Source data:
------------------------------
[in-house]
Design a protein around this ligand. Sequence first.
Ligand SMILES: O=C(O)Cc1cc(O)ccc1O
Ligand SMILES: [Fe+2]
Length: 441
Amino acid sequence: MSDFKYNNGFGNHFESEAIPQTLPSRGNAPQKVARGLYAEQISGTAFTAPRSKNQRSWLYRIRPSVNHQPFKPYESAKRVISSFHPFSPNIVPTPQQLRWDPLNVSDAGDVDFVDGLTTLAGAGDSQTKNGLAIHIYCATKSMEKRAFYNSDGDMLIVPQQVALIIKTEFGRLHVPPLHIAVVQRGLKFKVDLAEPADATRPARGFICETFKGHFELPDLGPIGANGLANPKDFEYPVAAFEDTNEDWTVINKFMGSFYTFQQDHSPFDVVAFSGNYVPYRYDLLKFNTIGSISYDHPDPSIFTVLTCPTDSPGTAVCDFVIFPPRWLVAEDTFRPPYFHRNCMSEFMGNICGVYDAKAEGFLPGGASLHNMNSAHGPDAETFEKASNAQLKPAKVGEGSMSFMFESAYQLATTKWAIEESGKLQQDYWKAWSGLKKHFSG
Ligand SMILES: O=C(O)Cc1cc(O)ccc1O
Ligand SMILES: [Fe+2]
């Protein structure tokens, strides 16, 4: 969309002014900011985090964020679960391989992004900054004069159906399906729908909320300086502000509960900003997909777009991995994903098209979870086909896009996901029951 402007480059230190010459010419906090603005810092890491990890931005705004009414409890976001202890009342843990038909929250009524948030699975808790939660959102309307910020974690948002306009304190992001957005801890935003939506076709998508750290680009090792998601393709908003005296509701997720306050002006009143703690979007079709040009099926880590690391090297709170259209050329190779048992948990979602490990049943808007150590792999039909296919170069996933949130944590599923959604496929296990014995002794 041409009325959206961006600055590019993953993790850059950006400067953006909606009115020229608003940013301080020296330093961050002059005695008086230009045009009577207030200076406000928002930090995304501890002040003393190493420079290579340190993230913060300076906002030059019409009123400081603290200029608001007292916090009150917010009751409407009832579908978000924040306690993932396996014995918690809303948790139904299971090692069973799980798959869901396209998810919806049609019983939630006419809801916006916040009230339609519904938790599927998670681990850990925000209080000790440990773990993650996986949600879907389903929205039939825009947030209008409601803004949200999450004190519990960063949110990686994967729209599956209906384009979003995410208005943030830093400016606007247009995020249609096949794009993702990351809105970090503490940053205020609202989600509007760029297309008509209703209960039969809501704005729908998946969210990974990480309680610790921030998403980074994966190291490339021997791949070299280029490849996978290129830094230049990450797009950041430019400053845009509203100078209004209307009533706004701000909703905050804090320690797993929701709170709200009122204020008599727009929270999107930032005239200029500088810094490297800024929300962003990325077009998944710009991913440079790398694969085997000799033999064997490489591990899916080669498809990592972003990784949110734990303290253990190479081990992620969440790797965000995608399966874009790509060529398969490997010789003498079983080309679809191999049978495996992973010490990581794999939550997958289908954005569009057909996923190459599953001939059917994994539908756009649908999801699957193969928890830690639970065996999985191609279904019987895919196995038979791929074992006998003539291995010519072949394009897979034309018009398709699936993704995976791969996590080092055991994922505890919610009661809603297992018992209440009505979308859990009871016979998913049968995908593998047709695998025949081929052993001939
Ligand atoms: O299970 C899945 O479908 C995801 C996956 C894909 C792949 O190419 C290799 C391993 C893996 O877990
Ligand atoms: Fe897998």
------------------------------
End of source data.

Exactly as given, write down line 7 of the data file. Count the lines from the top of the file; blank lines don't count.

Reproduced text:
Ligand SMILES: O=C(O)Cc1cc(O)ccc1O